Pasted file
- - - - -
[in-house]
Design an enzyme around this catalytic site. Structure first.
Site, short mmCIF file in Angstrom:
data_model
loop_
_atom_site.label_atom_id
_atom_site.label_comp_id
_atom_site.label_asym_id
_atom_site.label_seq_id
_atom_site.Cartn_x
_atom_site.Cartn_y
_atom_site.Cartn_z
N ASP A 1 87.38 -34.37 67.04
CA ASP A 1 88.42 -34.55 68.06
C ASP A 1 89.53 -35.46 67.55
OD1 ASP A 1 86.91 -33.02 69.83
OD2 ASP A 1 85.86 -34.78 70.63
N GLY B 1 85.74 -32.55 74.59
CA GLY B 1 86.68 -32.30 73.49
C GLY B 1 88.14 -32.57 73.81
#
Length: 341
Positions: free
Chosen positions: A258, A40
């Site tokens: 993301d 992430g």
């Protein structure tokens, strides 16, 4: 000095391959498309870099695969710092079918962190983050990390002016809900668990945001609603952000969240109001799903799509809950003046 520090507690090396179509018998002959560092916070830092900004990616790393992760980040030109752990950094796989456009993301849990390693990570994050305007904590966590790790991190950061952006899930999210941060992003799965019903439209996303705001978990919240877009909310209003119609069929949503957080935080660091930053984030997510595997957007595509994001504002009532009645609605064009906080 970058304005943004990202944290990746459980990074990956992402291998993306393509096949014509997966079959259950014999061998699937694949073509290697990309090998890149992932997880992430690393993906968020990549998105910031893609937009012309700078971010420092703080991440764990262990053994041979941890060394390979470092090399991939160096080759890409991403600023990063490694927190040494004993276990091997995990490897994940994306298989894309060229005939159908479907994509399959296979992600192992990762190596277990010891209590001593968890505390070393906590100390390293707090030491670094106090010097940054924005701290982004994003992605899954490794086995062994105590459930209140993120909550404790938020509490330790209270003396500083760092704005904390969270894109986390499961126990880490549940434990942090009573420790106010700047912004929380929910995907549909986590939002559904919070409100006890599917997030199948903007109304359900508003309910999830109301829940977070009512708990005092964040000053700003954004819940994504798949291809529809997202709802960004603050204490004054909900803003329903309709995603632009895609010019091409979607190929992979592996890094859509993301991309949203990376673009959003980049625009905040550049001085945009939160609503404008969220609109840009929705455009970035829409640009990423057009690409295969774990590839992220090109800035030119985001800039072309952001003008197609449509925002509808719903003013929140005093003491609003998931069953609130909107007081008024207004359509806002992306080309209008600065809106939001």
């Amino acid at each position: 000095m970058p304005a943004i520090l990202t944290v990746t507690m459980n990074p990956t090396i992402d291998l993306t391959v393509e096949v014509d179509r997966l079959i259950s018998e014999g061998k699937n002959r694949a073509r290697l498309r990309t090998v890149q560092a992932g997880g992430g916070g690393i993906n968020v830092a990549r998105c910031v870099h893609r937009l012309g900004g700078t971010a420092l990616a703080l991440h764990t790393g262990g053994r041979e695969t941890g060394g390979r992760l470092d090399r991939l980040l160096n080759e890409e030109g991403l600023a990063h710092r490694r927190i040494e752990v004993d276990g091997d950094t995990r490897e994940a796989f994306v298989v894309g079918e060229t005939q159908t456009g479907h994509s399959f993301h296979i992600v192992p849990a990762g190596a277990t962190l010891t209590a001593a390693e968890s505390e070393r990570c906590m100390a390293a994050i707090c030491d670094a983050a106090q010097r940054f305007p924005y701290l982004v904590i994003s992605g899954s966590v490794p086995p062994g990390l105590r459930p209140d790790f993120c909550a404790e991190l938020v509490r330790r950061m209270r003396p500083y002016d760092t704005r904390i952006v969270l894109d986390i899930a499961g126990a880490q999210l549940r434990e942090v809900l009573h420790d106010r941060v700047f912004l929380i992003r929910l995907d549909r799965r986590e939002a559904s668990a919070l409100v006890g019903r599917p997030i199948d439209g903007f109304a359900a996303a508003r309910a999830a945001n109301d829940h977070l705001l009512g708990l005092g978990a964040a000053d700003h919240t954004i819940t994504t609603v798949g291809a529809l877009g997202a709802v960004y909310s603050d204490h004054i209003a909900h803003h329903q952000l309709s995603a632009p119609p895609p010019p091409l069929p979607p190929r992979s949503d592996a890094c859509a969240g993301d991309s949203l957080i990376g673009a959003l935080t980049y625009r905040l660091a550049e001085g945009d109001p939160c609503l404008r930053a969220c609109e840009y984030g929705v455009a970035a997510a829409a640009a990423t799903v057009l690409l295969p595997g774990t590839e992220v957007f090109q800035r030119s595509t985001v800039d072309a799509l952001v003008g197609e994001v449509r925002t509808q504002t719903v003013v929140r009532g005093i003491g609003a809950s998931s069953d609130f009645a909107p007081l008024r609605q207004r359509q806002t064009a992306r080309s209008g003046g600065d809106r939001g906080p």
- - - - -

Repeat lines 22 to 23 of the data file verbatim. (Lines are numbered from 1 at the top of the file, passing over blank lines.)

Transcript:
Length: 341
Positions: free